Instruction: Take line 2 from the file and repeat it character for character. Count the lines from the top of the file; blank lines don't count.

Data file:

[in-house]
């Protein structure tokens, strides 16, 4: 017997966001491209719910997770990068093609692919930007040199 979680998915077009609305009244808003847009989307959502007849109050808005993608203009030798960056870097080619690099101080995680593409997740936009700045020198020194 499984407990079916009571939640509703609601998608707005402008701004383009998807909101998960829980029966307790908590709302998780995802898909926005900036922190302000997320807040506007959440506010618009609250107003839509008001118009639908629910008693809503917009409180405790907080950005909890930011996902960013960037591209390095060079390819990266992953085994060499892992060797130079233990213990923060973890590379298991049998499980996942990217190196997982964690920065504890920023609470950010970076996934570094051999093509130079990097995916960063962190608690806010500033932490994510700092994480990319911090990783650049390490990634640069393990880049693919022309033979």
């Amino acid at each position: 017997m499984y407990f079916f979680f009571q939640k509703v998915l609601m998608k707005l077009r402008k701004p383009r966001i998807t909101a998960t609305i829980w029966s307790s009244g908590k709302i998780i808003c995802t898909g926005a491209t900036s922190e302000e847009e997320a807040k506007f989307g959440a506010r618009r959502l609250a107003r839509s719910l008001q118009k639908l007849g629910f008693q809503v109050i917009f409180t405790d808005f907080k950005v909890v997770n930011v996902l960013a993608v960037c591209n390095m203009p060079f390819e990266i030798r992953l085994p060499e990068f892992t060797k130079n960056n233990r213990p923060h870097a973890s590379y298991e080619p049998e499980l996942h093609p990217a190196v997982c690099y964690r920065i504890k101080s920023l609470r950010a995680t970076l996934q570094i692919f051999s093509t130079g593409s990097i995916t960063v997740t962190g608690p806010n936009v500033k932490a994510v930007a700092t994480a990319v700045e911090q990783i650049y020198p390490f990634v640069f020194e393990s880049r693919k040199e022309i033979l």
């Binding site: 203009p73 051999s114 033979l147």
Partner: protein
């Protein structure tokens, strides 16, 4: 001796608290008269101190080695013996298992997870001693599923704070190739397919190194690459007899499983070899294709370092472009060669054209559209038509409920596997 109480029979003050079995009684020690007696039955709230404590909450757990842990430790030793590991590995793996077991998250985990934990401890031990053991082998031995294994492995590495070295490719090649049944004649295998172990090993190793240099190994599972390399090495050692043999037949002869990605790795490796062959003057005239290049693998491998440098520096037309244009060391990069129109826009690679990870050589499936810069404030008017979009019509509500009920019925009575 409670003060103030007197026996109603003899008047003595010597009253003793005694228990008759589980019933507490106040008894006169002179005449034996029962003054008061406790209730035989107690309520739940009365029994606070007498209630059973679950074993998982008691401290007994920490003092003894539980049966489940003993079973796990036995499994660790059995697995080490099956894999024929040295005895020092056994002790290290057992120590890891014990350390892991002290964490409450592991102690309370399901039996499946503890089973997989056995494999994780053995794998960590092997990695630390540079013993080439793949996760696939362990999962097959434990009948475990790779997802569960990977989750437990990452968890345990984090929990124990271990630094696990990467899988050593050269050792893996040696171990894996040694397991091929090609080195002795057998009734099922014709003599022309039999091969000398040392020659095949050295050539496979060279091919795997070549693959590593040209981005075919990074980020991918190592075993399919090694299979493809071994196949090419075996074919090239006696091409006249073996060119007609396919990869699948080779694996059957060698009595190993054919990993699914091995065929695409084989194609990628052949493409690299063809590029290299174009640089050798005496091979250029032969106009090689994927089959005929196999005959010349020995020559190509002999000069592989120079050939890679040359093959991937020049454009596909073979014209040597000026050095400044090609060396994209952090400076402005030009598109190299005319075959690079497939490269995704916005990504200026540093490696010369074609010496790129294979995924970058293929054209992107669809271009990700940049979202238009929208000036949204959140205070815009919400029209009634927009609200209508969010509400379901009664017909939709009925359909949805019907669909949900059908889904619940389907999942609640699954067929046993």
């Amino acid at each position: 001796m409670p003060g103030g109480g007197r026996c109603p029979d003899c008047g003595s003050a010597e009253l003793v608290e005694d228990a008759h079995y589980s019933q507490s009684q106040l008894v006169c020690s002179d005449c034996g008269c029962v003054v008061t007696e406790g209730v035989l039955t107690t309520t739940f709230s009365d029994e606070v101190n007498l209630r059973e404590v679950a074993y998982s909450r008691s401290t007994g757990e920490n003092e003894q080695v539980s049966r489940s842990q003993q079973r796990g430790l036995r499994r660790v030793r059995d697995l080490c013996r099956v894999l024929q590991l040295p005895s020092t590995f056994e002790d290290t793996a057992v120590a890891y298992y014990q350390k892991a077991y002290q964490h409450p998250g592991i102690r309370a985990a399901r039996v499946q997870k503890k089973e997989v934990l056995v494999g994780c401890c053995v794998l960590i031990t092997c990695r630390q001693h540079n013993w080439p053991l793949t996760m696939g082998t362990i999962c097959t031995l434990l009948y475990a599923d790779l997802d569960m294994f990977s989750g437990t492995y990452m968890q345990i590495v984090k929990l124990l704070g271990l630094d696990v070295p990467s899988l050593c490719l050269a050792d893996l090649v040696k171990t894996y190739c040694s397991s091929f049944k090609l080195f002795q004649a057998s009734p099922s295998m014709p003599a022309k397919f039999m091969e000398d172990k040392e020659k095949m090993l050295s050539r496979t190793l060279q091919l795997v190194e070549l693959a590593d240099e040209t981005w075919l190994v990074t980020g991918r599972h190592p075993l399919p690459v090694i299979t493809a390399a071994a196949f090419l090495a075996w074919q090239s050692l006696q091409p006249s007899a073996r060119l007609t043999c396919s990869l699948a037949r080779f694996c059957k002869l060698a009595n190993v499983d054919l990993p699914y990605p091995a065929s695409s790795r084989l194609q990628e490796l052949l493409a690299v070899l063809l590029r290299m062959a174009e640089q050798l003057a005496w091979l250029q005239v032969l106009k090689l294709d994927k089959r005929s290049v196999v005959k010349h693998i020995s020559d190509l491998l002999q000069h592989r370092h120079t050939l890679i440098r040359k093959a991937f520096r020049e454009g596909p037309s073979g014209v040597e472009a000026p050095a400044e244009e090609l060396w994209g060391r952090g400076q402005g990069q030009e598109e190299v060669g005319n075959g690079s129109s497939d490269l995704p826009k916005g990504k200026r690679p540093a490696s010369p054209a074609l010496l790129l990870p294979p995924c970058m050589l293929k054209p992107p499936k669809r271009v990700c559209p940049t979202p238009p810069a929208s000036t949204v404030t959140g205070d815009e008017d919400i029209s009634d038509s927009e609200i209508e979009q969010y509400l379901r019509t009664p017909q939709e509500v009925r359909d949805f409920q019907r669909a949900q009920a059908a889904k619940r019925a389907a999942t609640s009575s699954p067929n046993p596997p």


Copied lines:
């Protein structure tokens, strides 16, 4: 017997966001491209719910997770990068093609692919930007040199 979680998915077009609305009244808003847009989307959502007849109050808005993608203009030798960056870097080619690099101080995680593409997740936009700045020198020194 499984407990079916009571939640509703609601998608707005402008701004383009998807909101998960829980029966307790908590709302998780995802898909926005900036922190302000997320807040506007959440506010618009609250107003839509008001118009639908629910008693809503917009409180405790907080950005909890930011996902960013960037591209390095060079390819990266992953085994060499892992060797130079233990213990923060973890590379298991049998499980996942990217190196997982964690920065504890920023609470950010970076996934570094051999093509130079990097995916960063962190608690806010500033932490994510700092994480990319911090990783650049390490990634640069393990880049693919022309033979």